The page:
Prayer: a call, a duty, a humble privilege by Theresa Lussi

    Many days have passed since our nation was called to join in a day of united prayer for our communities, our cities, our families, our country. Yet the need for individual and corporate prayer has not waned. On the contrary, a sense of urgency has pervaded this land with constant reports of calamities, sicknesses, wars and rumors of wars filling the airwaves day and night. Where are we to turn?

    On the most recent National Day of Prayer last May, there were no large gatherings that I was aware of in our small town, as usually occur. Instead, one of the local churches opened its doors for townspeople and visitors to enter for private prayer and meditation throughout the day. 

    Tables arranged around the sanctuary held pictures and other helpful suggestions to facilitate prayer for each area to be covered by intercession: government, church, military, family, education, media and business. Each table offered little items to be taken as token reminders to continue to pray for these seven key factors that constitute our society. A couple of examples were toy soldiers on the military table and yellow ribbons on the family table with markers provided to write the names of prodigals. Soft, reflective music played in the background.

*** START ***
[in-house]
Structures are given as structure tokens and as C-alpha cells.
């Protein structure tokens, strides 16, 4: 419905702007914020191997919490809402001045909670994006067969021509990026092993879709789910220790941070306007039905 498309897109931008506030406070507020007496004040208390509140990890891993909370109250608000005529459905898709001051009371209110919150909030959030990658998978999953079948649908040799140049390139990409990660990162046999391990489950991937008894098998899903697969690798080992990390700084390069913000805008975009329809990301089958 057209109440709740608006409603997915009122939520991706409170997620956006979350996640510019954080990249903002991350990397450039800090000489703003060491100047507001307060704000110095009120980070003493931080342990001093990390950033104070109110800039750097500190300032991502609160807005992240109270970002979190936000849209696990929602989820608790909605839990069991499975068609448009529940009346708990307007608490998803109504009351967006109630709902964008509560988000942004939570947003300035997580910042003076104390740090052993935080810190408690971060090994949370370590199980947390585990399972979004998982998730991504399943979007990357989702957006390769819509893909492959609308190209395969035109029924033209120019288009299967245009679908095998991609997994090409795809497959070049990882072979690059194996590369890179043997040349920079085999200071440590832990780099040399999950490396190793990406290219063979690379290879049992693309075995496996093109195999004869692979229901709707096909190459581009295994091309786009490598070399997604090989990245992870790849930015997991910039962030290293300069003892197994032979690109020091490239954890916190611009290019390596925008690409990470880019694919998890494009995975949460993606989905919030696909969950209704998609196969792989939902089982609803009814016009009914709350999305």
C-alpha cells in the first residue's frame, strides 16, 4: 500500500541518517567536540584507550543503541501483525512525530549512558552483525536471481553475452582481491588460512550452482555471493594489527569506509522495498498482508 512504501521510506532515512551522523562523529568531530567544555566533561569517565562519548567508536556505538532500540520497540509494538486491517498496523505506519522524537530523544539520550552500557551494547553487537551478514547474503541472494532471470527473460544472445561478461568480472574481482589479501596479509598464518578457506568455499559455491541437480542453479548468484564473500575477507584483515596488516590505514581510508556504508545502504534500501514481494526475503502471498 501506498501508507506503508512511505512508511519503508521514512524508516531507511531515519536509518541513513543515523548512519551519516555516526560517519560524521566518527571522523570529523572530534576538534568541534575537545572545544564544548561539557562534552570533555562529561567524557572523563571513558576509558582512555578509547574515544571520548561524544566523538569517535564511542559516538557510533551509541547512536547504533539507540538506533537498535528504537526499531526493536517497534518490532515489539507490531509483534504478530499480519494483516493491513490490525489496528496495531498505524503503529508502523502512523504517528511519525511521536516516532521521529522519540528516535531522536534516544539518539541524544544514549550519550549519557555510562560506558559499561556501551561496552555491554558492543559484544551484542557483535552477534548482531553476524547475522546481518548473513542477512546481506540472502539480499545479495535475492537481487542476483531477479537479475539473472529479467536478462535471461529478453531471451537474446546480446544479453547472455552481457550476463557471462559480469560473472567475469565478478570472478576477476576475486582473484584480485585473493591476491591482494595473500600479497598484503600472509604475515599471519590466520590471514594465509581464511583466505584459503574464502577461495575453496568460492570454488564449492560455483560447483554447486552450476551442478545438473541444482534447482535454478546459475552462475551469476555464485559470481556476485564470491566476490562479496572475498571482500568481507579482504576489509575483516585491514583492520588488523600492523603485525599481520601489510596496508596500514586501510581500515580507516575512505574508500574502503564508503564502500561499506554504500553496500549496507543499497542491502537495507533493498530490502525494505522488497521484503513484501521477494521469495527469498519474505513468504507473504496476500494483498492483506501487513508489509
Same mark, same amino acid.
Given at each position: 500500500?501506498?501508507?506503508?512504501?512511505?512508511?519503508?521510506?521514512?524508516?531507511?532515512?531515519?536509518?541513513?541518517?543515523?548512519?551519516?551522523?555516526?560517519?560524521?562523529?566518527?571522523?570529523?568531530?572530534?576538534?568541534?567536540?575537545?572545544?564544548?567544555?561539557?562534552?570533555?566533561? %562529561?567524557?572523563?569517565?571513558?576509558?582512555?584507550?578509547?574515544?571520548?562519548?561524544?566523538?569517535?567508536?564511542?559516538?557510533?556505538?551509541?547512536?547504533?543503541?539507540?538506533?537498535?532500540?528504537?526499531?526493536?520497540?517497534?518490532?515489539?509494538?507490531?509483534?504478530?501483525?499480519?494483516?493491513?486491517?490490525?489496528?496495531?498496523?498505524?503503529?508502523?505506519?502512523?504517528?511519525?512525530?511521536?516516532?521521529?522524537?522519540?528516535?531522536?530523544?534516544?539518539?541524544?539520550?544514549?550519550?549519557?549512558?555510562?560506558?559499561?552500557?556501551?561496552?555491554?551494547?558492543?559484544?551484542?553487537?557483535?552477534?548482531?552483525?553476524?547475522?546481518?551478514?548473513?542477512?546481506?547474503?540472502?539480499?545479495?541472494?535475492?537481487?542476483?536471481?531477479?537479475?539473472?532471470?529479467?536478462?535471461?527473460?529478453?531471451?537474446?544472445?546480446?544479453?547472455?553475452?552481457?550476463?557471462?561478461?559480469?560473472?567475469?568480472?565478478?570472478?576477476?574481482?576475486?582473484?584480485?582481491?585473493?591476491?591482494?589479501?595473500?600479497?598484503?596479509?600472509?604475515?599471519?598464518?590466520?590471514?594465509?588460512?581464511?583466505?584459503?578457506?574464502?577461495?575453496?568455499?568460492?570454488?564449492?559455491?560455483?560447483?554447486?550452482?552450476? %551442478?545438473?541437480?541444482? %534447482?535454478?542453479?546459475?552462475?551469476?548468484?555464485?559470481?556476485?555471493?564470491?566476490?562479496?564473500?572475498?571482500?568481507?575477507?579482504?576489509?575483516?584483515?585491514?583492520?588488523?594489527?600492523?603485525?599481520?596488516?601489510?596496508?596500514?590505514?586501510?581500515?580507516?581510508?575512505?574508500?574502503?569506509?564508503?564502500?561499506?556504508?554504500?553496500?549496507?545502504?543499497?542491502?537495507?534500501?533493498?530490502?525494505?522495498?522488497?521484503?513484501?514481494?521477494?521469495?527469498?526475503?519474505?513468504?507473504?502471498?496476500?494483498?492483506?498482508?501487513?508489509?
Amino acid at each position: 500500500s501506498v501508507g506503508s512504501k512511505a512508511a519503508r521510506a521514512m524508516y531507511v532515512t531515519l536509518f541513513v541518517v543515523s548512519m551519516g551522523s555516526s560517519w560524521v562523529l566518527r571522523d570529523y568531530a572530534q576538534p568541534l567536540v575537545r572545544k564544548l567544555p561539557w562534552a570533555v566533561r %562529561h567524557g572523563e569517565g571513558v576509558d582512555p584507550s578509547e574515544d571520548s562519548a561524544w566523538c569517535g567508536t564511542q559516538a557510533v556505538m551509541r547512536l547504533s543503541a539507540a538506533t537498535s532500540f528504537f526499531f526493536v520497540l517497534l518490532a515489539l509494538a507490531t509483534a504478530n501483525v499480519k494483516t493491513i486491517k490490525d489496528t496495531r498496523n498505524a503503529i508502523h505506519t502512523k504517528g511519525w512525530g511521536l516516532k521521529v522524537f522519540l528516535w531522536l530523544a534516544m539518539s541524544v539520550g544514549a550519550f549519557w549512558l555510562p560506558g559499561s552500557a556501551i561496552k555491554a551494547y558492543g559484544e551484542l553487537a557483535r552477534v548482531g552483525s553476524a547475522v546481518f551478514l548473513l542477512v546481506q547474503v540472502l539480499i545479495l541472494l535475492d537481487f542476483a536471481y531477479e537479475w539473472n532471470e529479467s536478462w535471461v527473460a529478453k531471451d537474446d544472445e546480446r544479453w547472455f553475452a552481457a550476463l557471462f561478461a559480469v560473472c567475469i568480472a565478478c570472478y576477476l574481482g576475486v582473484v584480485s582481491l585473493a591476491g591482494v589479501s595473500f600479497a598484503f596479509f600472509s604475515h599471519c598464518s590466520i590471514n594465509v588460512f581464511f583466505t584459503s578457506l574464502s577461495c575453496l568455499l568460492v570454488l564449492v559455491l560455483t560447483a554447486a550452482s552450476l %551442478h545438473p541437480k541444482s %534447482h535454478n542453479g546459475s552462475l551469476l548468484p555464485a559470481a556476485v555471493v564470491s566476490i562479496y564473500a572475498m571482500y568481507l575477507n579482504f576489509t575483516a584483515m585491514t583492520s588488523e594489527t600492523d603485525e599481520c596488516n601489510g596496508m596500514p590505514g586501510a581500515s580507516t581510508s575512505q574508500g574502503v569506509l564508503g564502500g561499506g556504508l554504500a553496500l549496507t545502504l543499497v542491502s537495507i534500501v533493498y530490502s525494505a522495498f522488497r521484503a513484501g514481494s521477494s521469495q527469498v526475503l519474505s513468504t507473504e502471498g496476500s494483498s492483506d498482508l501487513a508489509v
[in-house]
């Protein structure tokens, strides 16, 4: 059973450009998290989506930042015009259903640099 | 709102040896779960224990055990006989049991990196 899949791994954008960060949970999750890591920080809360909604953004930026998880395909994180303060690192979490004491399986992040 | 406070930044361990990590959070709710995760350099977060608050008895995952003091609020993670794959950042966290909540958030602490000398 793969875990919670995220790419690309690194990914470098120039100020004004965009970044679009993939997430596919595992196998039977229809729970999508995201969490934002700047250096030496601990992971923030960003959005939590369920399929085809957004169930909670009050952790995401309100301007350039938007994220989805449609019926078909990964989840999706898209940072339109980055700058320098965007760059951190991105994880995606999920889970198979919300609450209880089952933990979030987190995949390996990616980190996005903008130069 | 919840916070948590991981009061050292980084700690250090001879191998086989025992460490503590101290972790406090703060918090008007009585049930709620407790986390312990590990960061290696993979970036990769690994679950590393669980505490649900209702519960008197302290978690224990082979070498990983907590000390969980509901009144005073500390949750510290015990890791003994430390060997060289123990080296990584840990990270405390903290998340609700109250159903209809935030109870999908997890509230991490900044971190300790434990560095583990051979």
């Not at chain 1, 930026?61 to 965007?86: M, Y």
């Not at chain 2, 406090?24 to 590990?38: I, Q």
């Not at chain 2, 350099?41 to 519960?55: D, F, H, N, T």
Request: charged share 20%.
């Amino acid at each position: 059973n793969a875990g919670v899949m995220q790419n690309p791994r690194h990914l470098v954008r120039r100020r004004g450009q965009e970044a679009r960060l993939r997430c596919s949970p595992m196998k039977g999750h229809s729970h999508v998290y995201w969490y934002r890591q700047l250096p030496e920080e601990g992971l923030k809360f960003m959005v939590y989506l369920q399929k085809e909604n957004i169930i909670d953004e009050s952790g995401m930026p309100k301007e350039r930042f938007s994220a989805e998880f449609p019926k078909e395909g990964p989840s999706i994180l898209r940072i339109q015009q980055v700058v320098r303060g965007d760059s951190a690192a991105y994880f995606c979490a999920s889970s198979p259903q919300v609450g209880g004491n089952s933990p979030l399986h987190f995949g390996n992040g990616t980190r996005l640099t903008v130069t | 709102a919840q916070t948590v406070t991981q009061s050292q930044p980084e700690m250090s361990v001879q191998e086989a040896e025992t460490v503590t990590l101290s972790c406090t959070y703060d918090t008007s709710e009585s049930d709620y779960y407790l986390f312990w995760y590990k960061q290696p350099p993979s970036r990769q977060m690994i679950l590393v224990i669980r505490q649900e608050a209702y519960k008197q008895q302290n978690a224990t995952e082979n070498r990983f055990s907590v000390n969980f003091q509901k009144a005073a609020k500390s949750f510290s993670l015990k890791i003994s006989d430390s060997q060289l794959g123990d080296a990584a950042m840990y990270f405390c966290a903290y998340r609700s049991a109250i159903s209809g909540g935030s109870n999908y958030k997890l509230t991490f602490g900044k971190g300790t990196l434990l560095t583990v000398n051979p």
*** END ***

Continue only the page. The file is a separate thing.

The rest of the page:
For me, it was a meaningful and memorable experience, a time well-spent for quiet reflection and meditation, away from the noise and distractions of everyday life. Perhaps more memorable than a large gathering with music and singing, though, such events are also beneficial and have their place.

    After months of contemplating the challenges set before us, I am filled with hope and a renewed commitment to persevere. Yes, as long as we walk this earth, there will be difficulties, heartaches, trials, and men opposed to the God we serve and the values we hold dear. But, our God is greater than all of these and His grace is sufficient. 

    I am hopeful because as I look around, I see babies and young children growing and thriving. Though our archenemy would destroy life and all that is good, life — precious life — continues.

    After a recent close brush with death, an adult son lives and is recovering. Another reminder that each of our days are numbered, determined by the one who gives us life.

    So, when and how and why do we pray? Pray at all times, not just on one day set aside for that purpose; pray in the power of the Holy Spirit, for we do not know how to pray as we ought; pray to draw near to the heart of God, to learn of Him and to please Him.

    To close, I recall the words of President Franklin D. Roosevelt offered on D-Day so long ago as he asked his fellow countrymen to “devote themselves in a continuance of prayer.” And reminding them that “with Thy blessing, we shall prevail over the unholy forces of our enemy.”


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